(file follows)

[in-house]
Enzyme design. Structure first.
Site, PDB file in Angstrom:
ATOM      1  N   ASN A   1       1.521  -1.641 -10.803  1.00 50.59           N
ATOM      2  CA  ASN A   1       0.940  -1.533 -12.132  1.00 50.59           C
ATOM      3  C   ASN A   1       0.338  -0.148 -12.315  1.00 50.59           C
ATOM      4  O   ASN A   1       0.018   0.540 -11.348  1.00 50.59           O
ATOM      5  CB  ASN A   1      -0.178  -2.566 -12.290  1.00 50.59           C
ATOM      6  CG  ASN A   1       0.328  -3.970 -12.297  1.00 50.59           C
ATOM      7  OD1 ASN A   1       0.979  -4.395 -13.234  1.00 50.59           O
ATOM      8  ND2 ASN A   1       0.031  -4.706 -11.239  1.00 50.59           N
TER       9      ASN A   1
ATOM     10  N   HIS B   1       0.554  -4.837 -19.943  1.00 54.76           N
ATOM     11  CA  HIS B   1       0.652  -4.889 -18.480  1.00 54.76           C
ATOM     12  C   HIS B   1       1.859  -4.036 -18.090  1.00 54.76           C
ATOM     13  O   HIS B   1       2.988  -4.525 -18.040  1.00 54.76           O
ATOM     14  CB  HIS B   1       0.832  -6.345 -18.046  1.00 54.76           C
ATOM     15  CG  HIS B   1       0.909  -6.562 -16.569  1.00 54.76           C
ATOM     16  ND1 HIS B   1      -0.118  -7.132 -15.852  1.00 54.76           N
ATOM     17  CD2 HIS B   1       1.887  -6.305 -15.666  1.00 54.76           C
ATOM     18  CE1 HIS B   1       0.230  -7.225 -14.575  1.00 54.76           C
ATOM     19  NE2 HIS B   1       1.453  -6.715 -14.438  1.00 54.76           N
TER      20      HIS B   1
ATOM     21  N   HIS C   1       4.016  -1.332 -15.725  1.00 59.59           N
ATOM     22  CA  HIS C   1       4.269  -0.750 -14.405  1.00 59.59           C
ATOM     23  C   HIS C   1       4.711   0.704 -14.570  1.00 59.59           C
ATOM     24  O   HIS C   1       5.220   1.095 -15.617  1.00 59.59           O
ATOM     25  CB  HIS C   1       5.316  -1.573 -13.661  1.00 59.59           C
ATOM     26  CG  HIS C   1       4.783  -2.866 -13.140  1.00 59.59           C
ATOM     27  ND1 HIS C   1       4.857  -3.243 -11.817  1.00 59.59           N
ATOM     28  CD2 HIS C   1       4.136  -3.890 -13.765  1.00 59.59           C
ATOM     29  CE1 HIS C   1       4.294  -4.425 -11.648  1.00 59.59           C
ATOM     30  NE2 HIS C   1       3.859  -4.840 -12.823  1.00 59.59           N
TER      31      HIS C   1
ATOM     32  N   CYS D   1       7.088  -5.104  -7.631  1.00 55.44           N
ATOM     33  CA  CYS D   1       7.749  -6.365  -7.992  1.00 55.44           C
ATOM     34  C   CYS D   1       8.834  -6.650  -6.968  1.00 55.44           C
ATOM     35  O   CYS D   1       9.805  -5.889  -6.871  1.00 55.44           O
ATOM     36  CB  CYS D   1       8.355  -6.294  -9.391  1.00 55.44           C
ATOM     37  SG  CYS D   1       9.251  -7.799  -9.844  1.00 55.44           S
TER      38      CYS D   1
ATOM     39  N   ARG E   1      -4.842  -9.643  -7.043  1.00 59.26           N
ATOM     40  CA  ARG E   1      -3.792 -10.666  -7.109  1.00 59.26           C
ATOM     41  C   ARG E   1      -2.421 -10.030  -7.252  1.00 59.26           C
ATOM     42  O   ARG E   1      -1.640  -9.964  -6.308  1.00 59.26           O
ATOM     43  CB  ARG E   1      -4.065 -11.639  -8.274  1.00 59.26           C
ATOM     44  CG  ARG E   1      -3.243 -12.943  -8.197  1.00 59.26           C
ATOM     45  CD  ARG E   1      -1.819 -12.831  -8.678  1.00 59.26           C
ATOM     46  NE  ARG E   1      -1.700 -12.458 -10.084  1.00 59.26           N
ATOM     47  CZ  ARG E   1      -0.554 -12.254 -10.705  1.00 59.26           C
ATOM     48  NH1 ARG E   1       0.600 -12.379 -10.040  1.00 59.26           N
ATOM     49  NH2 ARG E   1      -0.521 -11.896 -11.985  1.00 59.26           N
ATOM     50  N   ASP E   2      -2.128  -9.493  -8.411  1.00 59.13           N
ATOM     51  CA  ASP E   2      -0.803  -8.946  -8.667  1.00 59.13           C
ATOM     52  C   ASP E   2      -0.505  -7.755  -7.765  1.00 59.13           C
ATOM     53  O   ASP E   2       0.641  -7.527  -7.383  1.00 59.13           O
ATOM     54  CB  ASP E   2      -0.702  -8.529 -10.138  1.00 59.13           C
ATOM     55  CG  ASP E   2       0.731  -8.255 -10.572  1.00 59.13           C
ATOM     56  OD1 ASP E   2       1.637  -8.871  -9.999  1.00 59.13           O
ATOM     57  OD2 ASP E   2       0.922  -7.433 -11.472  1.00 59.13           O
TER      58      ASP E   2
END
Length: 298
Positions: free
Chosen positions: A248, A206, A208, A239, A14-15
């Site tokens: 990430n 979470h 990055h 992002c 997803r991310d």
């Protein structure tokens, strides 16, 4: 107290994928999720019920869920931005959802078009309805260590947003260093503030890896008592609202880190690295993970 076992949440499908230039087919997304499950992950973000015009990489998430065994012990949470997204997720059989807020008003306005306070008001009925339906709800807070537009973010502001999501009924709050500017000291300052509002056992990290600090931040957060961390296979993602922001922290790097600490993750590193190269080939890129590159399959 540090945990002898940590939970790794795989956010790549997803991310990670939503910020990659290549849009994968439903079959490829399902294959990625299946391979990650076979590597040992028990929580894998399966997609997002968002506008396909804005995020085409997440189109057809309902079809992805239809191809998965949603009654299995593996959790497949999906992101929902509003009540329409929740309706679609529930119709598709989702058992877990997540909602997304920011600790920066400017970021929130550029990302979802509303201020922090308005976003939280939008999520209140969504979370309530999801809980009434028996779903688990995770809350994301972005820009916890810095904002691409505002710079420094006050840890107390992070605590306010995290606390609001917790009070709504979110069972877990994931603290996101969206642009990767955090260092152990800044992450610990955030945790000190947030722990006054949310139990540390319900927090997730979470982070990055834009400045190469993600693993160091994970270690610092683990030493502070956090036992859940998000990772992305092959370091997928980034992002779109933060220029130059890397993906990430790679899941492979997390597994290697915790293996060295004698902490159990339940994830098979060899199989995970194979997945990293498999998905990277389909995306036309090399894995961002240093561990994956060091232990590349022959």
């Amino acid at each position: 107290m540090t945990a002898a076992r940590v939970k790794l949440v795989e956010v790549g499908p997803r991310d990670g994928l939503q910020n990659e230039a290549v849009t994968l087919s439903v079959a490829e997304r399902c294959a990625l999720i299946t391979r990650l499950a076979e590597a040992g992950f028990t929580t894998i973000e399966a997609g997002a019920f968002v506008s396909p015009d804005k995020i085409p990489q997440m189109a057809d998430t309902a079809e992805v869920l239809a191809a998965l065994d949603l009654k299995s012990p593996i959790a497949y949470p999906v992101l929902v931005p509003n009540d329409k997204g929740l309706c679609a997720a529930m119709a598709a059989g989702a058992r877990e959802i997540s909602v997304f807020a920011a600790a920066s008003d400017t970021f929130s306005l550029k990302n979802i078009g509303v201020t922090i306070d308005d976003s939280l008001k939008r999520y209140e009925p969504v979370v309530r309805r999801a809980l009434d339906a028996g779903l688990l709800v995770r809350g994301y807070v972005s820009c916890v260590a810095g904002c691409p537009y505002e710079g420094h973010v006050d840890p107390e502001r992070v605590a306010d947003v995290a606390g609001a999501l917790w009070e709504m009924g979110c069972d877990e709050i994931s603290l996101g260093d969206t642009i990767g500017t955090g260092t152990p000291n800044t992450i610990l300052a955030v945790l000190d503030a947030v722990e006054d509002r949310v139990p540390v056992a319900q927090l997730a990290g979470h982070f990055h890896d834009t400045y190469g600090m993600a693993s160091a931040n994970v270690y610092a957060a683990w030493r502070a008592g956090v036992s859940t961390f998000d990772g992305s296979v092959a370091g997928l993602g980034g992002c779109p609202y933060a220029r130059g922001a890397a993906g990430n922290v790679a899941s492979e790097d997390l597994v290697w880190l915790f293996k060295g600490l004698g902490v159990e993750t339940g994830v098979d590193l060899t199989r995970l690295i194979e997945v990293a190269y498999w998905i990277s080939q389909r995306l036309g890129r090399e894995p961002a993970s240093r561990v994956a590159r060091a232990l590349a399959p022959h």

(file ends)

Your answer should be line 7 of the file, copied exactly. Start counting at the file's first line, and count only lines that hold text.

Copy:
ATOM      4  O   ASN A   1       0.018   0.540 -11.348  1.00 50.59           O